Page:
US House votes to delay oil shale leasing
The US House voted June 27 to delay for at least a year oil shale leasing and development required under the 2005 Energy Policy Act (EPACT).
WASHINGTON, DC, June 29 -- The US House voted June 27 to delay for at least a year oil shale leasing and development required under the 2005 Energy Policy Act (EPACT). It adopted an amendment proposed by Rep. Mark Udall (D-Colo.) to the US Department of Interior's fiscal 2008 budget that would bar the Bureau of Land Management from issuing any final regulations for commercial-scale oil shale leasing and from offering any commercial-scale oil shale leases.
Udall said EPACT currently requires BLM to issue the regulations and to move to leasing "on a crash basis and under a tight deadline." He proposed a similar amendment 2 weeks earlier as the Energy and Natural Resources Committee marked up HR 2337, the Energy Reform and Revitalization Act.
"Oil shale has potential as an energy source, but Colorado's Western Slope has had experience with a rush to development that ended up hurting our region's economy. My legislation will ensure that oil shale is developed in a responsible way," Udall said following the vote.
He said a 2005 Rand Corp. report, which had highlighted benefits of developing oil shale, also noted that large-scale development would significantly increase the area's population and put pressure on local communities to provide services.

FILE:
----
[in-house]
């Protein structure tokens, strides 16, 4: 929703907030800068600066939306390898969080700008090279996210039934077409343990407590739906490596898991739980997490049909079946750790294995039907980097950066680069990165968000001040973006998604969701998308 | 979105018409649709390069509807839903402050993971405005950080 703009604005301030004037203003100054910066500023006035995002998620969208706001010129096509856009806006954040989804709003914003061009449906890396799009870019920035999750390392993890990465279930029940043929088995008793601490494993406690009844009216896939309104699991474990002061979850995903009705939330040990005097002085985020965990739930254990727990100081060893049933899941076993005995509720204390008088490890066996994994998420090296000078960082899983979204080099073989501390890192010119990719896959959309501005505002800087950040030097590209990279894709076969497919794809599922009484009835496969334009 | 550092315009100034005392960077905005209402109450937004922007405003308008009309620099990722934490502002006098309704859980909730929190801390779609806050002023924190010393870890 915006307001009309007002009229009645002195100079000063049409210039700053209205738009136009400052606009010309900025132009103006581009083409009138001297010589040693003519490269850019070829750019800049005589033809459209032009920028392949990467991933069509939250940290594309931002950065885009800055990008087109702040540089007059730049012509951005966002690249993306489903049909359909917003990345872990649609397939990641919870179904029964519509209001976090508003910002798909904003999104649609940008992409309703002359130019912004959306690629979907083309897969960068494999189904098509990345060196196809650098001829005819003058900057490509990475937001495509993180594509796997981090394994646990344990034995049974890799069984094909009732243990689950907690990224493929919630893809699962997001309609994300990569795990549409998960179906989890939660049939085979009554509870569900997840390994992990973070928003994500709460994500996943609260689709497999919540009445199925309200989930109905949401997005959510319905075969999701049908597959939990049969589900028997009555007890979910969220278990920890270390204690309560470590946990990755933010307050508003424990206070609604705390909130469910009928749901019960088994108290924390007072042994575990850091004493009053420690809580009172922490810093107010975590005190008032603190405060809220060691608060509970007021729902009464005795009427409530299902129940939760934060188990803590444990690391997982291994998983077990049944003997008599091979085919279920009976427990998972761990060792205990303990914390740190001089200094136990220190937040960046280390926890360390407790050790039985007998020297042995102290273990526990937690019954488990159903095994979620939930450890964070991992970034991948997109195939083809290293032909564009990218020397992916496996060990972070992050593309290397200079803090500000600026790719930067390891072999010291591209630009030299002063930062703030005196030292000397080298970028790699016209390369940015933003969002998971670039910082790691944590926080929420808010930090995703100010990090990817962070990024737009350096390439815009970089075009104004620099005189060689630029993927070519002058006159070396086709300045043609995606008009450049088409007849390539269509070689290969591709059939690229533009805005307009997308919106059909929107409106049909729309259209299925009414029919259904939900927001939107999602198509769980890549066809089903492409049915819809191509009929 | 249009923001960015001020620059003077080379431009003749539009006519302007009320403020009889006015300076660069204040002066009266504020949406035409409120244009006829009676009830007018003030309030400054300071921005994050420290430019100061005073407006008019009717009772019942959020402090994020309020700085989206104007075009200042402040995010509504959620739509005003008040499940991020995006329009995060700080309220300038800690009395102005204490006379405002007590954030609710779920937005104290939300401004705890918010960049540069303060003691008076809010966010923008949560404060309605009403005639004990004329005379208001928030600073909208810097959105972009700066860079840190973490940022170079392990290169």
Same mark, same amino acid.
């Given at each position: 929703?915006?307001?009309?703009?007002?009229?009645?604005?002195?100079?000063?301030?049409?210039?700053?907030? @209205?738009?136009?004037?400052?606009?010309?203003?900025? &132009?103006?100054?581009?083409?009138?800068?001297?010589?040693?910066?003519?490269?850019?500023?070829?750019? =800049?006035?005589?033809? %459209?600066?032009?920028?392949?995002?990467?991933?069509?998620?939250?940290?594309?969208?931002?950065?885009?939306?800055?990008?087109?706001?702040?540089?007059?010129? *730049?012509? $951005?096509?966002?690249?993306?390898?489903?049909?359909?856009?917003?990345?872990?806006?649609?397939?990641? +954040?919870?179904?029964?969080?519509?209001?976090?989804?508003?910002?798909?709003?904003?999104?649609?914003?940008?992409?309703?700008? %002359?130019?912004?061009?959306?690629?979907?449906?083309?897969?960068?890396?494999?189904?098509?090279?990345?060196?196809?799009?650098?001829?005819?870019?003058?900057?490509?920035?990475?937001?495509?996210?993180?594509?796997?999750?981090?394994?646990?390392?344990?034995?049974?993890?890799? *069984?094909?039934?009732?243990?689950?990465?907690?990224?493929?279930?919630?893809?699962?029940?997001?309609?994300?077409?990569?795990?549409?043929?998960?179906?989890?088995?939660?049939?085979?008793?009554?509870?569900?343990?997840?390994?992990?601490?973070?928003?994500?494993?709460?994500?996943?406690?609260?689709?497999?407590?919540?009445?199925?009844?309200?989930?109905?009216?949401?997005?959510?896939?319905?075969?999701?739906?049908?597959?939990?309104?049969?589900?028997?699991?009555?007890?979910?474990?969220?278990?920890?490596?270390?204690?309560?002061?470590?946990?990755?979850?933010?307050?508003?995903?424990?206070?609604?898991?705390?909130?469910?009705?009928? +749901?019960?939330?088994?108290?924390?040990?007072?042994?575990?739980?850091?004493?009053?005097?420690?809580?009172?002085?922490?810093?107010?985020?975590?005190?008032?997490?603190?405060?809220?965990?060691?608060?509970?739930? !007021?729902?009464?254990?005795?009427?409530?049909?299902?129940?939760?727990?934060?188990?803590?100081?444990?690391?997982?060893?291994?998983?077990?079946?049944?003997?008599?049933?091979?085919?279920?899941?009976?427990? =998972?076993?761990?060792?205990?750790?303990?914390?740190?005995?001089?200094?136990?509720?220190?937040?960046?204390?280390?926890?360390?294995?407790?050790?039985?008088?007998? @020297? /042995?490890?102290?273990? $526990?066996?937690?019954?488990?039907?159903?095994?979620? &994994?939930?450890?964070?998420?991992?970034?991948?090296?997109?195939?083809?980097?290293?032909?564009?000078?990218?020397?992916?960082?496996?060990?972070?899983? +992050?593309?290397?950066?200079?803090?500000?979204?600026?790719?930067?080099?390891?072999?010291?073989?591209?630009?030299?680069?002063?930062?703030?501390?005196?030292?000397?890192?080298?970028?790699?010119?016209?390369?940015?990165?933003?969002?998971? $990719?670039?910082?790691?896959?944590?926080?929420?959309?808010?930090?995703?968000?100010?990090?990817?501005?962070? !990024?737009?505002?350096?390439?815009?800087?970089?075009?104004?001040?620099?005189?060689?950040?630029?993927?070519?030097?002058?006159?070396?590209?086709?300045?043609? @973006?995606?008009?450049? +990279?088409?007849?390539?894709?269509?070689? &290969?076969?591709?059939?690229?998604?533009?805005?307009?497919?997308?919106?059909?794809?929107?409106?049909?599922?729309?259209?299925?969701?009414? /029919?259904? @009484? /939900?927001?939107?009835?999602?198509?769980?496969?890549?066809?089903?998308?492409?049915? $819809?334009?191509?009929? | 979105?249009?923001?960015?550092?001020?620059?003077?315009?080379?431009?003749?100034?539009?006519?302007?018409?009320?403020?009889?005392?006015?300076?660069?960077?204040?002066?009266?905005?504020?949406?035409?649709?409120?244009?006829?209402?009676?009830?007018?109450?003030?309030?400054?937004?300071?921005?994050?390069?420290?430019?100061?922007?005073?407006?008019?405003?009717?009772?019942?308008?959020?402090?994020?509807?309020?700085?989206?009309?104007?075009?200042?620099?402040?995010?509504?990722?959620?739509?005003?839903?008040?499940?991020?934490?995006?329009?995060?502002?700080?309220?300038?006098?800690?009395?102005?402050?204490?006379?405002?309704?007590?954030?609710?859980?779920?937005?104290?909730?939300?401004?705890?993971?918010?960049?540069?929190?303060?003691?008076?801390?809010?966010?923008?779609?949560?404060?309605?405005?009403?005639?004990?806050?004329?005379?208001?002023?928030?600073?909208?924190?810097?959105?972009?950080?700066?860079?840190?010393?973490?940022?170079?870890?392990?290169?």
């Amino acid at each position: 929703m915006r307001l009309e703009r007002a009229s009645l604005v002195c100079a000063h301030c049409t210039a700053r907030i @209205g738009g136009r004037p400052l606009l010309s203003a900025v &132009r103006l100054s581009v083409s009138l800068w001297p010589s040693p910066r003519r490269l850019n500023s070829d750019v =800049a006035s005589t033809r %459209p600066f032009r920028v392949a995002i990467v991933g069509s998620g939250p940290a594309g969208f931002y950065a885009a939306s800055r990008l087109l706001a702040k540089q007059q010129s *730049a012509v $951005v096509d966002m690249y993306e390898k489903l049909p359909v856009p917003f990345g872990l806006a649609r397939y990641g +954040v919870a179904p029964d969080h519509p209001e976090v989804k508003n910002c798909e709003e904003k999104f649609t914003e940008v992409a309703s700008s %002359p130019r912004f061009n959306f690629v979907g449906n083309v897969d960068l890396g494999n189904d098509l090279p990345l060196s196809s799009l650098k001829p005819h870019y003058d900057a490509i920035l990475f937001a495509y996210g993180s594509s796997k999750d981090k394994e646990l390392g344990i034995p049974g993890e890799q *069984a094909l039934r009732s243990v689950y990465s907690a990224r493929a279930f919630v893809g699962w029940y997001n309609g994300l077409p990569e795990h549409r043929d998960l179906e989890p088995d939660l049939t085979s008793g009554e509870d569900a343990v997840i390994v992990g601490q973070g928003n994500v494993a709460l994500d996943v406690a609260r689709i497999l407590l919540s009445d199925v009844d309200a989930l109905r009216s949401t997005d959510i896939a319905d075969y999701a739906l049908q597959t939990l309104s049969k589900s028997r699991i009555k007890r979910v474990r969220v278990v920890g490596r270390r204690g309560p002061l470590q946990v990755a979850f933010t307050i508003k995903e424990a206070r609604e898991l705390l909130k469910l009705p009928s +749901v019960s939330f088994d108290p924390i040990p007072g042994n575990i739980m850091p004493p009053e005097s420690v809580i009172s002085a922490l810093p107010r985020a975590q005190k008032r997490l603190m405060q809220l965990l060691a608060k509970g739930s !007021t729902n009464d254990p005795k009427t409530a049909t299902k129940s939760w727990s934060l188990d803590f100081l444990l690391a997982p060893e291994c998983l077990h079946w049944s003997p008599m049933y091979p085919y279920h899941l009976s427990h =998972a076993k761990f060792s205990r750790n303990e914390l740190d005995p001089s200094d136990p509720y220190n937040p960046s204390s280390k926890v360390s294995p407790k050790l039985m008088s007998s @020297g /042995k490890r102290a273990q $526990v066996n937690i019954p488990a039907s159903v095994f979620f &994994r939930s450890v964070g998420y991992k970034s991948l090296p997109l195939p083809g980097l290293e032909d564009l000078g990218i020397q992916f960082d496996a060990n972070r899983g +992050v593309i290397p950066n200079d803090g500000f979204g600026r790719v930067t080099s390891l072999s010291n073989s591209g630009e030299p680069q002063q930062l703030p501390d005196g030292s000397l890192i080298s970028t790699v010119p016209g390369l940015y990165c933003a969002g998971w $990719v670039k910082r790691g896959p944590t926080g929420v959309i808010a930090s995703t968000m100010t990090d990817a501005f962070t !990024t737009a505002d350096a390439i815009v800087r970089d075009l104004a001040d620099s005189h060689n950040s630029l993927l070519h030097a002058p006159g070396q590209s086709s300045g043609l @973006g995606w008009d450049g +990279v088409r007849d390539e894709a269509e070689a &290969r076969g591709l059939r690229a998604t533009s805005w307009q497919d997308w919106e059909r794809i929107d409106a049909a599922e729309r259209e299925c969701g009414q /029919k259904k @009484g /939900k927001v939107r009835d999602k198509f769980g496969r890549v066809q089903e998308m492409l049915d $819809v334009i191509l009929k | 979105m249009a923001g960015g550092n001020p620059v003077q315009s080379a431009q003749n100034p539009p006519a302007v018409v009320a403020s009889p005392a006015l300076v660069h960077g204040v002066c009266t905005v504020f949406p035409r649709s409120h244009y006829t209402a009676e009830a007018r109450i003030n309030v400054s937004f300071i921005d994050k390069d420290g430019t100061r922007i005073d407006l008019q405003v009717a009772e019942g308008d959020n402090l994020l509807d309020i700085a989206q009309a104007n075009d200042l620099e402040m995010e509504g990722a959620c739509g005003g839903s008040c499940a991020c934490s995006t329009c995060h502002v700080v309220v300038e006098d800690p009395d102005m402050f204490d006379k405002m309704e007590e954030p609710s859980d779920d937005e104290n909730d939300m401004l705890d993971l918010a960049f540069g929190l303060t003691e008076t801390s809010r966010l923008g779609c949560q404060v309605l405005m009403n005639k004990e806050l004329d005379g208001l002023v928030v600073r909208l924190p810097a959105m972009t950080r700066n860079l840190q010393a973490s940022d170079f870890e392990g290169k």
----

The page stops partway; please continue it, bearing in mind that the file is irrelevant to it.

Udall said many on Colorado's Western Slope oppose the timetable outlined in EPACT. He said they would rather see one in which DOI takes enough time to do the evaluation and leasing properly. "My amendment will slow that process down so that we can be thoughtful about oil shale development," he said.
Rep. Chris Cannon (R-Utah) disagreed. "On the very day that [Venezuelan President] Hugo Chavez took greater control of world oil supply, the House took a major step backward in the development of our very own sources of oil. Cowed by the environmental lobby, the majority today voted to put the plug back into one of the most promising and viable new sources of oil we have in the entire nation," he said following the vote.
Cannon said the Green River oil shale formation in Colorado, Utah, and Wyoming conservatively holds an estimated 2 trillion bbl of recoverable oil—enough to meet current US demand for 200 years or longer. "Development of diverse sources of energy is vital to our national security, and oil shale is an integral part of a comprehensive energy strategy," he said.
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